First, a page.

* COA 4 – State – Cartwright Act – group boycott – brought by seven individuals and the WGA (for itself and its members).Dismissed, as to the individuals and the guild, for failure to allege facts that constitute a violation of law, but with leave to amend.
 
* COA 5 – State – common law – fiduciary duty – brought by seven individuals and the WGA (for its members).Dismissed, as to the guild, for lack of standing, but with leave to amend. Survives as to the individuals’ COAs.
 
* COA 6 – State – Civil Code – constructive fraud – brought by seven individuals and the WGA (for its members).Dismissed, as to the guild, for lack of standing, but with leave to amend. Dismissed, as to the individuals, for failure to allege facts that constitute a violation of law, but with leave to amend.
 
* COA 7 – State – Unfair Competition Law – unfair competition – brought by seven individuals and the WGA (for itself).Dismissed, as to the guild, for lack of standing, but with leave to amend. Survives as to the individuals’ COAs.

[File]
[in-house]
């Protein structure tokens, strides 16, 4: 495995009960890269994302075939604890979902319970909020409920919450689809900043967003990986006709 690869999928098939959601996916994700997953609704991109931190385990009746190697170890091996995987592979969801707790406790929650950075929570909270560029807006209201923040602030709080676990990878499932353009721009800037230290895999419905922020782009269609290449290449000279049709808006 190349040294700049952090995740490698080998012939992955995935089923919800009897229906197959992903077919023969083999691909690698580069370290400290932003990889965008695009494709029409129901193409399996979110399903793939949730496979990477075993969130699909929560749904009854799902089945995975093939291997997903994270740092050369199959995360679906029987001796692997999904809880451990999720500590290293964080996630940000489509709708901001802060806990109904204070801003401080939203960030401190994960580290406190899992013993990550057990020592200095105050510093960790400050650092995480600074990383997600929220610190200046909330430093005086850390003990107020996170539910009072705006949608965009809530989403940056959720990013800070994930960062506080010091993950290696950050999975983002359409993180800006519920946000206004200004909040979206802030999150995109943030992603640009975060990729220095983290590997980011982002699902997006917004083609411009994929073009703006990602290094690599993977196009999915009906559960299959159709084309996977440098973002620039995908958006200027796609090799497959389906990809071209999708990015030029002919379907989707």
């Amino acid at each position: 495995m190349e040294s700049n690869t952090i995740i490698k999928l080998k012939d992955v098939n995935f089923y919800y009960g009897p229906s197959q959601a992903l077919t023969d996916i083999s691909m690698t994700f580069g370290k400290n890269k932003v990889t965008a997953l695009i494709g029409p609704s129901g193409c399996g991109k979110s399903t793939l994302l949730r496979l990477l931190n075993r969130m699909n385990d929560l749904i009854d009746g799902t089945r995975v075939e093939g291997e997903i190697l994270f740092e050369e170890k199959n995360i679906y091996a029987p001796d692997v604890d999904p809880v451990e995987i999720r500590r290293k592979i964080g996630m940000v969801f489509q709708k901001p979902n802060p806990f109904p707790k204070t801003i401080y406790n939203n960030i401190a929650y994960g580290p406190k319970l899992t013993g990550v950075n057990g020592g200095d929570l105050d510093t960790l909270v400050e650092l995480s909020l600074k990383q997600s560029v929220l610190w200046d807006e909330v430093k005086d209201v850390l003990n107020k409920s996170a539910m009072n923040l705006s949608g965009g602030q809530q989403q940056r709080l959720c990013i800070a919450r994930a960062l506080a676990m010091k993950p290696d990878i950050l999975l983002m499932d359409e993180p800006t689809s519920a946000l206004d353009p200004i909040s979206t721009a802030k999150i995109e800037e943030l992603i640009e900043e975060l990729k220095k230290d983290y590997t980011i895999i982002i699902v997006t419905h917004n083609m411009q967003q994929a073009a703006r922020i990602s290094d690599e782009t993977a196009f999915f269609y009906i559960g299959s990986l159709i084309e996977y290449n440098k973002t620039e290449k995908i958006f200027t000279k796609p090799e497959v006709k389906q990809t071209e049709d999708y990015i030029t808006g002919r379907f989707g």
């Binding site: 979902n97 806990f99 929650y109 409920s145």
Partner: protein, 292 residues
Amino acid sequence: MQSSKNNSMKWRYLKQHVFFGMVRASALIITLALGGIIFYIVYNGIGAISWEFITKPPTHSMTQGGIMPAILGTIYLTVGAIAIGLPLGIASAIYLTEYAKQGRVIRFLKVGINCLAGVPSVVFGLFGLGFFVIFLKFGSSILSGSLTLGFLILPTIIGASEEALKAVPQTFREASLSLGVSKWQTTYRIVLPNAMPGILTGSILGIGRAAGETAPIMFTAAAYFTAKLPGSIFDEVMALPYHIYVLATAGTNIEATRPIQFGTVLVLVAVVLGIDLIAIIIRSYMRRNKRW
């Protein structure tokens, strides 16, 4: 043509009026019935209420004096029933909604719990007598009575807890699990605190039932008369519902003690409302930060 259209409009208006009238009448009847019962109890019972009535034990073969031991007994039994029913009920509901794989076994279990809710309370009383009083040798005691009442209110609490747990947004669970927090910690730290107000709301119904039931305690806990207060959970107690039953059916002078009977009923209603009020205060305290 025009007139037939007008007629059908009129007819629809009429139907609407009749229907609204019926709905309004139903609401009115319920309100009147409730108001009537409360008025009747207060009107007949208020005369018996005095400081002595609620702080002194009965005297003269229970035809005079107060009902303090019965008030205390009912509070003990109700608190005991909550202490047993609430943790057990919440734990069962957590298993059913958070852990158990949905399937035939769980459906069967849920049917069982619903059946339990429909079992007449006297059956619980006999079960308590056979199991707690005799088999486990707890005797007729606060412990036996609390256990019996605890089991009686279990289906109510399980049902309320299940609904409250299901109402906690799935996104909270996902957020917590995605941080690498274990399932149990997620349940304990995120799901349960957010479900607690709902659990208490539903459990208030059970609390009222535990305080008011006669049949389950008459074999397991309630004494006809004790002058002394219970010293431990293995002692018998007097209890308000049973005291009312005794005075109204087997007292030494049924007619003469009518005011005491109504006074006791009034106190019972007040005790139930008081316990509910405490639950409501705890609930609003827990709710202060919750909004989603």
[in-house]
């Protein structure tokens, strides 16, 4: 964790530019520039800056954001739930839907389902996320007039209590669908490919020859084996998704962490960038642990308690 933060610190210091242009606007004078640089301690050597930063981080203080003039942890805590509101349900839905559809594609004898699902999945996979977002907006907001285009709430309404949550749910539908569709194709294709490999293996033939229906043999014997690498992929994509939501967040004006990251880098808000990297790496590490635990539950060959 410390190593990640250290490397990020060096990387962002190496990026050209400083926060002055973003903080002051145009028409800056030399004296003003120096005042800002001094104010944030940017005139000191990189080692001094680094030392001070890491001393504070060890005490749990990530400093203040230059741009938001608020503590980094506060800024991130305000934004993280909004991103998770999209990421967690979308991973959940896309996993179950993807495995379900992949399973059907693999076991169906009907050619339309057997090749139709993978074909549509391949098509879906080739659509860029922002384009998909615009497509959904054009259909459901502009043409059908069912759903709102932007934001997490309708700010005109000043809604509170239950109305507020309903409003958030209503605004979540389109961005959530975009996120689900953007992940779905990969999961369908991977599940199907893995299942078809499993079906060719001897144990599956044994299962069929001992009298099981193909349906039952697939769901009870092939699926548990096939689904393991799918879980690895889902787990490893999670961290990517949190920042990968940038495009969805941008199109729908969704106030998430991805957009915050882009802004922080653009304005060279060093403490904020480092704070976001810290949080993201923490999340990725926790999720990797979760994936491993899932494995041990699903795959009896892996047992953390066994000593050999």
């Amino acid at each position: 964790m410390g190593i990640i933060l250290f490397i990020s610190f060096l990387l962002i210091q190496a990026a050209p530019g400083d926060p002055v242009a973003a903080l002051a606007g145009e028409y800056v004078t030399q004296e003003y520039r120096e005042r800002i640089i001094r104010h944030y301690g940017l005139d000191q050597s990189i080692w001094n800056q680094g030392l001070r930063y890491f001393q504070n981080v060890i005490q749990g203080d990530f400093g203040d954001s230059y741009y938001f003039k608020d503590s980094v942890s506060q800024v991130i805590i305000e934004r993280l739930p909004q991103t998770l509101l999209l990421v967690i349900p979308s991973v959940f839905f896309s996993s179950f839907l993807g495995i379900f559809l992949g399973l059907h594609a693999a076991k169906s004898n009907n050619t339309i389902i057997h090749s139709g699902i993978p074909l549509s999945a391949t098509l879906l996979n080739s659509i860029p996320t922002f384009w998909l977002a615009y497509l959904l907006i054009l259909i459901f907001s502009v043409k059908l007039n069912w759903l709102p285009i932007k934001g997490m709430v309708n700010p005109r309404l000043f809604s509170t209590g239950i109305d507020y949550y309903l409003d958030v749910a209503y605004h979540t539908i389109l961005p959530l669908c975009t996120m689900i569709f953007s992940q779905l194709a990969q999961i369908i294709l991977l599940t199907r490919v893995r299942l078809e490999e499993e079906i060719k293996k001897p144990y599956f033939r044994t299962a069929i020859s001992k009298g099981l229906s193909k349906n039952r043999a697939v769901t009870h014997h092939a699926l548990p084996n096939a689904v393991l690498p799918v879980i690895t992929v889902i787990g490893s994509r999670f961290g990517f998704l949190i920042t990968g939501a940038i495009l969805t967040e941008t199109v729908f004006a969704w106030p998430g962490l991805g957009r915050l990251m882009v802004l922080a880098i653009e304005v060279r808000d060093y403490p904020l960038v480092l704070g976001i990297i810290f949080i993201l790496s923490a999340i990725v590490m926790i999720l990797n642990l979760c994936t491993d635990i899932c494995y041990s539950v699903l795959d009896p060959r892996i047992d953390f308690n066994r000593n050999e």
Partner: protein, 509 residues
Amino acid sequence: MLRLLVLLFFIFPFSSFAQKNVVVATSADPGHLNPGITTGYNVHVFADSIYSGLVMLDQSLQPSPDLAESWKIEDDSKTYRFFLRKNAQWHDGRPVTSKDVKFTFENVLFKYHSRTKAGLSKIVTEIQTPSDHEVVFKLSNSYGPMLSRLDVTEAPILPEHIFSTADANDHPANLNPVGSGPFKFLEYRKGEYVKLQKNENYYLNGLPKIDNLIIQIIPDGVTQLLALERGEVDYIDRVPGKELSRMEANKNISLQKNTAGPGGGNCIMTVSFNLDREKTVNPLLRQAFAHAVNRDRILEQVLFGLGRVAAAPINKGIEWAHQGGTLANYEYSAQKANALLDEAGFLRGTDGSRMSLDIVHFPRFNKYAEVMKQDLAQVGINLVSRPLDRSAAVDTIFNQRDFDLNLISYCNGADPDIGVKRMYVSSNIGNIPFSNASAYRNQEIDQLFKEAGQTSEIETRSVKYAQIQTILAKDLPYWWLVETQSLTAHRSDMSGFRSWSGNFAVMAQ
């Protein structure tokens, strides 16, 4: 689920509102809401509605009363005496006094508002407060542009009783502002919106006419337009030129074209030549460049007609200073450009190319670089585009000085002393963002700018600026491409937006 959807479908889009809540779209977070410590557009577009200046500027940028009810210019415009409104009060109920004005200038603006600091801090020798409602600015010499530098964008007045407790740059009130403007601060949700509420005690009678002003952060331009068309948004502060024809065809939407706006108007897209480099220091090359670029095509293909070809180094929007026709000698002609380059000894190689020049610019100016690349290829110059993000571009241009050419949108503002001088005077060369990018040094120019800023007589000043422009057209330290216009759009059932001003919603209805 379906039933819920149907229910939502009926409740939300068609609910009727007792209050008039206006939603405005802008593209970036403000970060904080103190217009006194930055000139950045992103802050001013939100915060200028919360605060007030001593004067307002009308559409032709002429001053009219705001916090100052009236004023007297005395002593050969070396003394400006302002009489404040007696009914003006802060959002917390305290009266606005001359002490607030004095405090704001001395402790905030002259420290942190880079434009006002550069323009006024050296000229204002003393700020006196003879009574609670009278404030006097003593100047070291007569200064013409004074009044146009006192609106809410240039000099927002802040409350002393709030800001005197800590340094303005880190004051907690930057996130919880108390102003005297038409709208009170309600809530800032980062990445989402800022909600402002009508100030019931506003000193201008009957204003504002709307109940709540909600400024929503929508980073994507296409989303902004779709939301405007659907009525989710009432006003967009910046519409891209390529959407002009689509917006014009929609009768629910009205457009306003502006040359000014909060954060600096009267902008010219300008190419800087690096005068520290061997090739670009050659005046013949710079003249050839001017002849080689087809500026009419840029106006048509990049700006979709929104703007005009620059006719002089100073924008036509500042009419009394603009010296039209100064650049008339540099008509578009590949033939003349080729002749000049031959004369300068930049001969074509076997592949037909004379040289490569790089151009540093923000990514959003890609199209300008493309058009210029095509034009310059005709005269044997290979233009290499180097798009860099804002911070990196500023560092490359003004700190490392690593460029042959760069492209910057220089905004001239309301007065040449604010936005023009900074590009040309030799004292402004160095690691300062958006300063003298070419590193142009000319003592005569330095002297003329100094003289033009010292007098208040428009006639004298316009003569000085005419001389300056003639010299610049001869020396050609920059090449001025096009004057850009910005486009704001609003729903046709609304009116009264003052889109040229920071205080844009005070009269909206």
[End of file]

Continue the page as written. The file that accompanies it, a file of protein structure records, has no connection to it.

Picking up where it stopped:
* COAs 8 through 11 – Federal – racketeering – brought by seven individuals and the WGA (for itself and its members).Dismissed with prejudice, as to the individuals and the guild, for failure to allege facts that constitute a violation of law, because packaging fees are not bribes or kickbacks.
 
* COA 12 – declaratory relief – brought by seven individuals and the WGA (for itself and its members).Survives as to the COAs that survive.
 
* COA 13 – State – breach of contract – brought by Barbara Hall.Survives.
 
* COA 14 – State – promissory estoppel – brought by Barbara Hall.Survives.
 
The guild has 14 days to attempt to resurrect some of its claims by amending its complaint. Meanwhile, several of the claims by individual writers survived the judge’s scrutiny. But that’s thin gruel for a lawsuit that the guild hoped would knock packaging fees into an ashcan.